But if you’re an experienced hiker looking for the best walks in Cairns, Walsh’s Pyramid is the perfect challenge.
Located about 30 minutes south of Cairns, Walsh’s Pyramid is the highest freestanding natural pyramid in the world. Ascending over 3000 feet, this amazing natural formation rewards climbers with truly incredible views out to Cairns.
The whole walk takes about 4 – 7 hours to complete, best started early in the morning to avoid the heat of the day. The marked trail to the summit is rocky and steep, so you’ll need to use your hands for many parts of the hike. Take as much water as you can, and when you think you’ve packed enough, pack even more. You’ll also want to pack snacks to keep you energized throughout the walk. Dab on a good layer of sunscreen.
You’ll likely see many runners summiting the pyramid, training for the annual “Pyramid Race” that takes place every August. They’ll make climbing the pyramid look easy, but don’t feel pressured to keep up. You’ll want to be able to say you’ve climbed the highest natural pyramid in the world!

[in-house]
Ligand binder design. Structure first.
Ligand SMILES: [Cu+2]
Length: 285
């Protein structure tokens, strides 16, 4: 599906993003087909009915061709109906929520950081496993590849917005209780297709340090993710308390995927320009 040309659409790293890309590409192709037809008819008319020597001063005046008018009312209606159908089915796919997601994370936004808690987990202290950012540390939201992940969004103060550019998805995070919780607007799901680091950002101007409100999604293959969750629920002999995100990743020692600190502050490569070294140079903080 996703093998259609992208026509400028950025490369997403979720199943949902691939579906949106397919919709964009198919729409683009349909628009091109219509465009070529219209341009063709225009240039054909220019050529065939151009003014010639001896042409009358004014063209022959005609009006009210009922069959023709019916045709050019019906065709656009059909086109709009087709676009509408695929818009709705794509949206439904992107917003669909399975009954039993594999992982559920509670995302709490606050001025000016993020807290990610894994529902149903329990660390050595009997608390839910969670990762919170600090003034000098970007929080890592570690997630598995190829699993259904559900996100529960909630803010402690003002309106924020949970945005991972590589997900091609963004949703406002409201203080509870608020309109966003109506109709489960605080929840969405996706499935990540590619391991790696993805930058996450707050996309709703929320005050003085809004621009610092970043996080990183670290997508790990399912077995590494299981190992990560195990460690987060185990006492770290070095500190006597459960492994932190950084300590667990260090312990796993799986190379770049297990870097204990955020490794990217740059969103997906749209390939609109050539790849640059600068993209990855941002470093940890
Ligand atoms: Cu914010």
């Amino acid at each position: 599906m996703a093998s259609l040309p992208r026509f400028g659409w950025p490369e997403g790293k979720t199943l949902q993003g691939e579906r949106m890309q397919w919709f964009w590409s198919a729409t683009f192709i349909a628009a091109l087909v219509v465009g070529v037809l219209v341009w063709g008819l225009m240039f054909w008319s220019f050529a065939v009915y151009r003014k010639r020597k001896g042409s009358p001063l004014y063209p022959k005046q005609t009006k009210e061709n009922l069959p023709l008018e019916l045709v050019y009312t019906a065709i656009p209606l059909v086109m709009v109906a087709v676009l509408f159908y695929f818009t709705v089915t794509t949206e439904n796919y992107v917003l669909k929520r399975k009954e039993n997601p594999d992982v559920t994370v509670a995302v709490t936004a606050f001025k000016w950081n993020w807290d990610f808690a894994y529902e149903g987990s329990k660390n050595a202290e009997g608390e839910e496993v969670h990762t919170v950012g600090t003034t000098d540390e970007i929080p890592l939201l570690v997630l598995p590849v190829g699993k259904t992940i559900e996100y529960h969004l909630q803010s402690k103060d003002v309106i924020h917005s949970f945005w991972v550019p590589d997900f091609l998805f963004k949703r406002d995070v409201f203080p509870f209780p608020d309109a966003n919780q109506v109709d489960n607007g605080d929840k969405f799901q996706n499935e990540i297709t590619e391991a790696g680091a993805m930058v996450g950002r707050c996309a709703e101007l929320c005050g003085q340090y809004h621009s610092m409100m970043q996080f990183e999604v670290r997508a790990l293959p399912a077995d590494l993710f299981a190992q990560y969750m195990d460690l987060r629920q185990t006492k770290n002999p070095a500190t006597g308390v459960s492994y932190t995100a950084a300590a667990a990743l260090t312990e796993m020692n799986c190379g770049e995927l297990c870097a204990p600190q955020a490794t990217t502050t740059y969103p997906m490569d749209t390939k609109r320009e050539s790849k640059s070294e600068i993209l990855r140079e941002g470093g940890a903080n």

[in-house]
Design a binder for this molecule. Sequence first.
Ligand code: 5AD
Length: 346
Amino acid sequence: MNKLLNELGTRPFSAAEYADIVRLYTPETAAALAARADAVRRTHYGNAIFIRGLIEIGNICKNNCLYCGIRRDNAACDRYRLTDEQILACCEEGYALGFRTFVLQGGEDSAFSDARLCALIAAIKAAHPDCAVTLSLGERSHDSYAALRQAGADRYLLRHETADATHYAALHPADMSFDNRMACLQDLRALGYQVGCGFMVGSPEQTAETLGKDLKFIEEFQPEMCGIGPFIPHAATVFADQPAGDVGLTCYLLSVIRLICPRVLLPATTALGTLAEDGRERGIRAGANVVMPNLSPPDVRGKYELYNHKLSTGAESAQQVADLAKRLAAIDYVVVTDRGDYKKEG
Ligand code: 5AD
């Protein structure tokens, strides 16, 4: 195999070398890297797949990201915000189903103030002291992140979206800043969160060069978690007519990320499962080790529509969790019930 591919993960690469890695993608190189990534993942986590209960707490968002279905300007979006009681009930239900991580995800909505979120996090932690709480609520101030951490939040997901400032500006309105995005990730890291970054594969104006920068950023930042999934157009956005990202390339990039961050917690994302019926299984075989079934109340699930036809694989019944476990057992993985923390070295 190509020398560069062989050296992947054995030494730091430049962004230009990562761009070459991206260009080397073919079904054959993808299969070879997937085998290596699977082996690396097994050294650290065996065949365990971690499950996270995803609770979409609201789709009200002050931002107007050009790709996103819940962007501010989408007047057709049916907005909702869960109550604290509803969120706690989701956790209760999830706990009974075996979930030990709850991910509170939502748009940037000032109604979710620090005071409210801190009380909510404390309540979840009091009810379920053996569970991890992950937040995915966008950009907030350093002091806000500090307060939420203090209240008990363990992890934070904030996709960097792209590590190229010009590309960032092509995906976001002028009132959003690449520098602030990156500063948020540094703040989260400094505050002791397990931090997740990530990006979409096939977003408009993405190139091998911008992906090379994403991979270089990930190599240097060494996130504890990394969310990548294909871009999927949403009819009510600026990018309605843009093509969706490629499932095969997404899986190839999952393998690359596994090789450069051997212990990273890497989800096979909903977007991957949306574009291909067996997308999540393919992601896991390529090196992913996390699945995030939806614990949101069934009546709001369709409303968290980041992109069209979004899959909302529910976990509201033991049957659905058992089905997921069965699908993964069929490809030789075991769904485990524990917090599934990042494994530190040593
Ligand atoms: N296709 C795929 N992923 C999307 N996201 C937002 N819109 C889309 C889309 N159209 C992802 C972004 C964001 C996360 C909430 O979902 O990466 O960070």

Try These Free Things to Do in Cairns
As home to the Great Barrier Reef and the spectacular Wet Tropics, your visit to Cairns is sure to hold once in a lifetime experiences. For the free moments you may have in between, these free things to do in Cairns offer a true local’s Cairns experience.
Posted on: December 17th, 2018 by Melissa Maxwell No Comments
Visit the Great Barrier Reef Between June & July to Swim with Minke Whales
First recognized by scientists less than 30 years ago, the dwarf minke whale is both elusive and super friendly.
There is so much we don’t know about these whales despite their proclivity to search out human company.